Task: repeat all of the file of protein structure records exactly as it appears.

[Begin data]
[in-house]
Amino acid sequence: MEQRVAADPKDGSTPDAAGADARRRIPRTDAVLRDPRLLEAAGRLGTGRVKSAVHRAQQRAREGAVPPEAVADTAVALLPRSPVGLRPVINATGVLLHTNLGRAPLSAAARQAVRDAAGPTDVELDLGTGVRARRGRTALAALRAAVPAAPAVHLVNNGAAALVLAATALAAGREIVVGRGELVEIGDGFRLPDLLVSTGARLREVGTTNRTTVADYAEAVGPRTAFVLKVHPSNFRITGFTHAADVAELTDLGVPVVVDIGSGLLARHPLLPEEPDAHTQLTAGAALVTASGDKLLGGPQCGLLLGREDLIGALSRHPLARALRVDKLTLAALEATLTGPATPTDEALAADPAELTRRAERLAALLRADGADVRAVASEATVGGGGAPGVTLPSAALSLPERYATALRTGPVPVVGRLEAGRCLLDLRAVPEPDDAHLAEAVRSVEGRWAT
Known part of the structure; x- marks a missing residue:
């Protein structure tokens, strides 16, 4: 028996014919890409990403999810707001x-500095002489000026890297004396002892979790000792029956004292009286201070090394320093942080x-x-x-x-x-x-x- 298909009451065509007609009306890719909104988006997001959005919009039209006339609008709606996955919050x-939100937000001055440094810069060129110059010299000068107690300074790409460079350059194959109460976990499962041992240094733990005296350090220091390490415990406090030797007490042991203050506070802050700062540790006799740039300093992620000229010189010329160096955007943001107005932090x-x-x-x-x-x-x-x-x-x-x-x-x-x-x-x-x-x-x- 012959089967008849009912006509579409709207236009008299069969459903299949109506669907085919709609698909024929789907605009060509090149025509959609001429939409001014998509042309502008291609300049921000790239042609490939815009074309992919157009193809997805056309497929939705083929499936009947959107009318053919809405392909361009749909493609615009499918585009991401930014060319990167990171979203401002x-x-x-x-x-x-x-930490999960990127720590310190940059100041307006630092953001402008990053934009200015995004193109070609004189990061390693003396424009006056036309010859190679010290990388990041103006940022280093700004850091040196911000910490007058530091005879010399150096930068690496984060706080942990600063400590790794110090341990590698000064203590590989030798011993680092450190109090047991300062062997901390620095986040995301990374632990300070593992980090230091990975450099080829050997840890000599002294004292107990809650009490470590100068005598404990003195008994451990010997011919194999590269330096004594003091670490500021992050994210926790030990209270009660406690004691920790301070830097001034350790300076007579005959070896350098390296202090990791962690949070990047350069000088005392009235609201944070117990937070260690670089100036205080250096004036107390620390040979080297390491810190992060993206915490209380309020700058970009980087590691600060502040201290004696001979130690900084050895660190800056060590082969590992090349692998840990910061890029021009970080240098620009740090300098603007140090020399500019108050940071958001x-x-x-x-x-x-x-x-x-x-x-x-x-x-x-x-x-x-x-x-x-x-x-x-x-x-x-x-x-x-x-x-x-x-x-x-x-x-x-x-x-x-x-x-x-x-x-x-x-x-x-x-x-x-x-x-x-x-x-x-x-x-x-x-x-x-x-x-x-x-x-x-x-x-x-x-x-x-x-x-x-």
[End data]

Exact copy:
[in-house]
Amino acid sequence: MEQRVAADPKDGSTPDAAGADARRRIPRTDAVLRDPRLLEAAGRLGTGRVKSAVHRAQQRAREGAVPPEAVADTAVALLPRSPVGLRPVINATGVLLHTNLGRAPLSAAARQAVRDAAGPTDVELDLGTGVRARRGRTALAALRAAVPAAPAVHLVNNGAAALVLAATALAAGREIVVGRGELVEIGDGFRLPDLLVSTGARLREVGTTNRTTVADYAEAVGPRTAFVLKVHPSNFRITGFTHAADVAELTDLGVPVVVDIGSGLLARHPLLPEEPDAHTQLTAGAALVTASGDKLLGGPQCGLLLGREDLIGALSRHPLARALRVDKLTLAALEATLTGPATPTDEALAADPAELTRRAERLAALLRADGADVRAVASEATVGGGGAPGVTLPSAALSLPERYATALRTGPVPVVGRLEAGRCLLDLRAVPEPDDAHLAEAVRSVEGRWAT
Known part of the structure; x- marks a missing residue:
């Protein structure tokens, strides 16, 4: 028996014919890409990403999810707001x-500095002489000026890297004396002892979790000792029956004292009286201070090394320093942080x-x-x-x-x-x-x- 298909009451065509007609009306890719909104988006997001959005919009039209006339609008709606996955919050x-939100937000001055440094810069060129110059010299000068107690300074790409460079350059194959109460976990499962041992240094733990005296350090220091390490415990406090030797007490042991203050506070802050700062540790006799740039300093992620000229010189010329160096955007943001107005932090x-x-x-x-x-x-x-x-x-x-x-x-x-x-x-x-x-x-x- 012959089967008849009912006509579409709207236009008299069969459903299949109506669907085919709609698909024929789907605009060509090149025509959609001429939409001014998509042309502008291609300049921000790239042609490939815009074309992919157009193809997805056309497929939705083929499936009947959107009318053919809405392909361009749909493609615009499918585009991401930014060319990167990171979203401002x-x-x-x-x-x-x-930490999960990127720590310190940059100041307006630092953001402008990053934009200015995004193109070609004189990061390693003396424009006056036309010859190679010290990388990041103006940022280093700004850091040196911000910490007058530091005879010399150096930068690496984060706080942990600063400590790794110090341990590698000064203590590989030798011993680092450190109090047991300062062997901390620095986040995301990374632990300070593992980090230091990975450099080829050997840890000599002294004292107990809650009490470590100068005598404990003195008994451990010997011919194999590269330096004594003091670490500021992050994210926790030990209270009660406690004691920790301070830097001034350790300076007579005959070896350098390296202090990791962690949070990047350069000088005392009235609201944070117990937070260690670089100036205080250096004036107390620390040979080297390491810190992060993206915490209380309020700058970009980087590691600060502040201290004696001979130690900084050895660190800056060590082969590992090349692998840990910061890029021009970080240098620009740090300098603007140090020399500019108050940071958001x-x-x-x-x-x-x-x-x-x-x-x-x-x-x-x-x-x-x-x-x-x-x-x-x-x-x-x-x-x-x-x-x-x-x-x-x-x-x-x-x-x-x-x-x-x-x-x-x-x-x-x-x-x-x-x-x-x-x-x-x-x-x-x-x-x-x-x-x-x-x-x-x-x-x-x-x-x-x-x-x-």